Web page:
In the legal battle, SCO is claiming that the Linux operating system IBM sells and that many other companies use runs infringes on intellectual property rights it holds to some Unix code.
Sun has started to embrace Linux, though on a much smaller scale than have competitors Dell, Hewlett-Packard and IBM. However, it continues to back its Solaris version of Unix.
Responding to a question from Silicon.com this week, Sun CEO Scott McNealy said: "I don't want to speculate (on the outcome of the lawsuit), but I'm thrilled to death SCO can't revoke our Unix license.
"We can indemnify our users, and if anybody's nervous about (IBM Unix flavor) AIX or Linux, we've got Solaris on x86 (32-bit processors) and Solaris in the datacenter. We run like the wind. We're open. There are no downsides."
Earlier this week, analysts spoke about whether users should hold off on developing their Linux strategies or stick with them, with little to fear.
On his trip to the United Kingdom this week, McNealy mainly preached a vertically integrated approach to computing, with Java at its center. He said this makes life simpler for customers.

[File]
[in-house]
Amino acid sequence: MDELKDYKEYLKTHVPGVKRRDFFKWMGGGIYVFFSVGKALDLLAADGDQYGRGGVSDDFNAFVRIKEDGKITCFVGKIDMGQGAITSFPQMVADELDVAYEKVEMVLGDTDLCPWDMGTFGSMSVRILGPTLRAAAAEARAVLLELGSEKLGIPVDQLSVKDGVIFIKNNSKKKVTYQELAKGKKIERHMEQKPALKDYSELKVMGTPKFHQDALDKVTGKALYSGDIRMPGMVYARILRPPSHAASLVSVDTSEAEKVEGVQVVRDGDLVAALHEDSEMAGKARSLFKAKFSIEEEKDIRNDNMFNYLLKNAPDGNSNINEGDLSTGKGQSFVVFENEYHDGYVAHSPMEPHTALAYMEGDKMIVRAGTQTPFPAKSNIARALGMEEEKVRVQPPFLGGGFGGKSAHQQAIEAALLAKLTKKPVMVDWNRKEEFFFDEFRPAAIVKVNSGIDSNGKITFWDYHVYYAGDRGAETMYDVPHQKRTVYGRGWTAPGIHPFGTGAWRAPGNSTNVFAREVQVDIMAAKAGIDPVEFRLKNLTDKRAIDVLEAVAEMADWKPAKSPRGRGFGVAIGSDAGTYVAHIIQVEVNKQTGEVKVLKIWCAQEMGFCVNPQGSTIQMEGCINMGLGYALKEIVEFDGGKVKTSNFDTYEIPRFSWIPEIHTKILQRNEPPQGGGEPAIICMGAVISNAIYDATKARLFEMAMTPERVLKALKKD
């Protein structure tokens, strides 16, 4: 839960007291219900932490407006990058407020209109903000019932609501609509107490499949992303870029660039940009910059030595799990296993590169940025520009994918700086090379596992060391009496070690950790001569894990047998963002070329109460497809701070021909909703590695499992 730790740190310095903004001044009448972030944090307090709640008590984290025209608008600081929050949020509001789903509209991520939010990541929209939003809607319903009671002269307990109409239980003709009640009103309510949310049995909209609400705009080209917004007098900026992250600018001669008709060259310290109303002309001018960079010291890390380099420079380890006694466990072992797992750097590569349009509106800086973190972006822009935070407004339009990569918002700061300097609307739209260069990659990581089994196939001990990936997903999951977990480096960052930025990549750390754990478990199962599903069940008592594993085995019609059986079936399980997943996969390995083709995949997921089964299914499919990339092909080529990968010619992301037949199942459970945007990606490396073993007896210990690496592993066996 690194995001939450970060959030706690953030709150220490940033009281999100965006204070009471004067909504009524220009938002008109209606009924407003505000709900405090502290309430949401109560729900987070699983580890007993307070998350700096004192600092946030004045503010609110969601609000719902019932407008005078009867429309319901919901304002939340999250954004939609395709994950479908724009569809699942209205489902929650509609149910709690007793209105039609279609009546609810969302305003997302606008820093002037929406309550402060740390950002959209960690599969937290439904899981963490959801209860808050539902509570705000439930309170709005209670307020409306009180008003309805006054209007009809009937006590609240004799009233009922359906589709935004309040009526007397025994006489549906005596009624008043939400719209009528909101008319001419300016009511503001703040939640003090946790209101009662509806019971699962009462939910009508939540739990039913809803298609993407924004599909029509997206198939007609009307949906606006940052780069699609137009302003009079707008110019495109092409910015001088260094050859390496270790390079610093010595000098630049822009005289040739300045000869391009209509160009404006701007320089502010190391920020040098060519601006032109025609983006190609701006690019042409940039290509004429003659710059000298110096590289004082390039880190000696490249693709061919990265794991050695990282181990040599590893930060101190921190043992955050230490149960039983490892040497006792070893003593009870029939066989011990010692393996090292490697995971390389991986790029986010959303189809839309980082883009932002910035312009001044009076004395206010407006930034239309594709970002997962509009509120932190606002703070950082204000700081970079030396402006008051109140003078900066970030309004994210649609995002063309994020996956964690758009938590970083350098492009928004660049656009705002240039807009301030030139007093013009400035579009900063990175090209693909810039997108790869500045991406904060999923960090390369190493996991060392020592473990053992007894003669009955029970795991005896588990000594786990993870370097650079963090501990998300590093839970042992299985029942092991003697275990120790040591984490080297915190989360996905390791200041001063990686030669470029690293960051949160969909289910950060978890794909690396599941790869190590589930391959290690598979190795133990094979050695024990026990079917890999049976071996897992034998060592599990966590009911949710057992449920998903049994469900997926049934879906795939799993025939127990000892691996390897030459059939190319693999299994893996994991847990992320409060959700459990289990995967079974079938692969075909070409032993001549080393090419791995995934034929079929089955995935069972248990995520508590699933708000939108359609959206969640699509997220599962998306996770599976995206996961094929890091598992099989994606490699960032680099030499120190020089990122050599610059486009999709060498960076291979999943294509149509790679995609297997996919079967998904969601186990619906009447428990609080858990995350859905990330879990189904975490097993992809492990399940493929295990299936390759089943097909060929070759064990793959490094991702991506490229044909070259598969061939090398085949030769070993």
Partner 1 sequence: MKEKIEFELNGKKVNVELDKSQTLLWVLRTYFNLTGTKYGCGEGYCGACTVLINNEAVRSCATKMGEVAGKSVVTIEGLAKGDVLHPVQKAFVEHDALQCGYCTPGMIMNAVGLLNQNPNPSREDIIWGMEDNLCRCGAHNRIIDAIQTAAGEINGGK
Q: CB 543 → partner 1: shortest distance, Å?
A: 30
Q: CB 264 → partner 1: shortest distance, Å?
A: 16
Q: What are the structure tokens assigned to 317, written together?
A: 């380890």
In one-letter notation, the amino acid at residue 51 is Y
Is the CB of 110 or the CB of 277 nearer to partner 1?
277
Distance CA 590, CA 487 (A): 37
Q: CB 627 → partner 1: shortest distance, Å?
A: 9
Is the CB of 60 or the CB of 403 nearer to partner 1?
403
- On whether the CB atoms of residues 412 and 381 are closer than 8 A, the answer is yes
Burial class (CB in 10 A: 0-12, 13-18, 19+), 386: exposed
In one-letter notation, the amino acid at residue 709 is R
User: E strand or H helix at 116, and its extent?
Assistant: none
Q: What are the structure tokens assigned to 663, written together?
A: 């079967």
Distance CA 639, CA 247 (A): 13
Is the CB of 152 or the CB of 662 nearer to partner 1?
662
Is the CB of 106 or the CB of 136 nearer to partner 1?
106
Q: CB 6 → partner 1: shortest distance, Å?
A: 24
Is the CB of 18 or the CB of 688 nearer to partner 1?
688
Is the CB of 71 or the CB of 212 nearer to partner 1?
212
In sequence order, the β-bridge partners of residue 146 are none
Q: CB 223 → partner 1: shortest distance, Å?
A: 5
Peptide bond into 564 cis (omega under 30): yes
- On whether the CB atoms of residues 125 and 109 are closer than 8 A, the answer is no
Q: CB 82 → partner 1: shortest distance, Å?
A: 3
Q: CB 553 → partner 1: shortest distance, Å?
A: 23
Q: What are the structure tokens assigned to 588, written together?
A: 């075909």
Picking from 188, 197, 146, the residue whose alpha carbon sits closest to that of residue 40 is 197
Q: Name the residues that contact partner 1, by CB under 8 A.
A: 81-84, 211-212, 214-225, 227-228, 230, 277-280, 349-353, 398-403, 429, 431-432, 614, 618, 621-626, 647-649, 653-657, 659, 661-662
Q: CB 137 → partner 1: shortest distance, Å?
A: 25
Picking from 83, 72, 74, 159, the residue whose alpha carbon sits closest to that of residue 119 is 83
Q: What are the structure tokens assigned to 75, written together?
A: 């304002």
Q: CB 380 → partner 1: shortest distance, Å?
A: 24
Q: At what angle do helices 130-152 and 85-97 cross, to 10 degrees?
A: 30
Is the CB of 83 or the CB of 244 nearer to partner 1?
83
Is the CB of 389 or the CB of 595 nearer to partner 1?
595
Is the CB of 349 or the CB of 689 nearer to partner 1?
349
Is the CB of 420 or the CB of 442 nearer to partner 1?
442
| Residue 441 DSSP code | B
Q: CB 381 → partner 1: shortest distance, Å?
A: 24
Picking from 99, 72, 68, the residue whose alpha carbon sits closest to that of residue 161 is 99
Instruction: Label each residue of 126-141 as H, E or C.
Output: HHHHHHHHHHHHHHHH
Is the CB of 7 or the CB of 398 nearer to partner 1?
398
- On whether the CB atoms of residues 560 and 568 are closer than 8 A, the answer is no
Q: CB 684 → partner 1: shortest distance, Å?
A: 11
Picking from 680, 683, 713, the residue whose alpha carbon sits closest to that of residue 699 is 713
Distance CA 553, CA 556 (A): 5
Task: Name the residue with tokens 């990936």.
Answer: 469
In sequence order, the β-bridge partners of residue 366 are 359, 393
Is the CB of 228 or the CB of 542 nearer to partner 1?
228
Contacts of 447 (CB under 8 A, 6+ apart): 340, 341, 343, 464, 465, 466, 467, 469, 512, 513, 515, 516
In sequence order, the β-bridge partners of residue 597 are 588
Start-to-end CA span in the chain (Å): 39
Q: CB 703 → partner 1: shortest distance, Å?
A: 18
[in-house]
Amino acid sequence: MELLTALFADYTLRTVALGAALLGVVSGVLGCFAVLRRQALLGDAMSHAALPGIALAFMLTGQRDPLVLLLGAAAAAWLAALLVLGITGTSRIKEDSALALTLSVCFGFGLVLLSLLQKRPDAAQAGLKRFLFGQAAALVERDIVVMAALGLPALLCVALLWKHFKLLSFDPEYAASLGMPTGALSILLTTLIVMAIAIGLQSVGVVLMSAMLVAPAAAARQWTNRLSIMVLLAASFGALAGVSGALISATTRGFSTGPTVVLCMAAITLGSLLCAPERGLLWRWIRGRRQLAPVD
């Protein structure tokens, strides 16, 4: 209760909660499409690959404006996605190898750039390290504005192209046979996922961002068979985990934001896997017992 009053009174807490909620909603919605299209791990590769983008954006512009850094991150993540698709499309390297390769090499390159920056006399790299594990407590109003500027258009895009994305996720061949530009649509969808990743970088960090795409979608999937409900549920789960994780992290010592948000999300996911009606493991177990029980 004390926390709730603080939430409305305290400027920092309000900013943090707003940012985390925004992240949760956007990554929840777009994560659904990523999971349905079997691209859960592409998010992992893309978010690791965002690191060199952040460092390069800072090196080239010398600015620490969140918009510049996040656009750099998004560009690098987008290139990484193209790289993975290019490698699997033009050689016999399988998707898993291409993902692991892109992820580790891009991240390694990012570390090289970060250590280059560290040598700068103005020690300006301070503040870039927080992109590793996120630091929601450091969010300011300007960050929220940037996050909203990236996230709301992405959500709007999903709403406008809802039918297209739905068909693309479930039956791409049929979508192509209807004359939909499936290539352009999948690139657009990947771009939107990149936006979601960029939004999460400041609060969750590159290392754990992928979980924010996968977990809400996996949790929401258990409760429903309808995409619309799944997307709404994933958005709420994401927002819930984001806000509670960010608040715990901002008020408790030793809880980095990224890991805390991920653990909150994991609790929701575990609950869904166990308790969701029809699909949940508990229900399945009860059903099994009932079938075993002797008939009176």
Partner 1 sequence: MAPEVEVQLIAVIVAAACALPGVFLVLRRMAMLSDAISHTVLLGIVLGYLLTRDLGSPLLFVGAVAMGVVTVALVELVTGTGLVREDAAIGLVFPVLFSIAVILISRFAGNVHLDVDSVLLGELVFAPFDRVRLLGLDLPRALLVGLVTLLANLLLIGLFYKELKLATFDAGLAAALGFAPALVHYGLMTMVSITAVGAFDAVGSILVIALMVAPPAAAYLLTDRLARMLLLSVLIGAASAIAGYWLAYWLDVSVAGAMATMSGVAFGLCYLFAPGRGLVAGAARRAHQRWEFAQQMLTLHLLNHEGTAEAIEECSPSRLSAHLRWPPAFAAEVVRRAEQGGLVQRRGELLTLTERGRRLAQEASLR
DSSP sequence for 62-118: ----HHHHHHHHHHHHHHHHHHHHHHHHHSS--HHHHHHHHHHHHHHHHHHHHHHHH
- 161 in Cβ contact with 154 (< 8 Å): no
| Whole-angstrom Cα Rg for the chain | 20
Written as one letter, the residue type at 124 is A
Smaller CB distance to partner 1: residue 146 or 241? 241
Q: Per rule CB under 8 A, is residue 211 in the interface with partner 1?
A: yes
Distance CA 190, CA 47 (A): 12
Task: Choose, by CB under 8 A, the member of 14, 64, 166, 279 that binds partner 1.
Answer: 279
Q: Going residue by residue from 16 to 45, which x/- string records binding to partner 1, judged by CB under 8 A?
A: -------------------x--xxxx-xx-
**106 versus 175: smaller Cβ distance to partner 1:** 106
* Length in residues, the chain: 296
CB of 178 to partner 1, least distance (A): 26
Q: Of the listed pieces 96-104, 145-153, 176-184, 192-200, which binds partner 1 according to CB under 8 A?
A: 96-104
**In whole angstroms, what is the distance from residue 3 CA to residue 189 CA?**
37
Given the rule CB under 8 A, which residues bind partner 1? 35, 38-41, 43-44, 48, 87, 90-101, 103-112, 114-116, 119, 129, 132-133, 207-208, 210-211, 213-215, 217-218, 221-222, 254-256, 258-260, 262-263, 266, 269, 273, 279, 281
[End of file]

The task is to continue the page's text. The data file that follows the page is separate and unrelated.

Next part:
McNealy believes that its approach will give Sun an edge. The server maker will need that advantage, as it tries to haul itself back up to its former position of glory.
Last week, the Menlo Park, Calif.-based company reported a worse-than-expected fourth-quarter income of $12 million on revenue of $2.98 billion, while competitors such as Dell and IBM remain strong.
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Although Sun's revenue has also fallen from the dot-com boom days when its server sales were brisk, McNealy contends that there will still be profits to make, as the market consolidates.
"The question is: What is happening to the total IT budget?" he said. "I think it's going to shrink. We're down to three--IBM, Microsoft and Sun. The rest is collateral damage."
Silicon.com's Tony Hallett reported from London.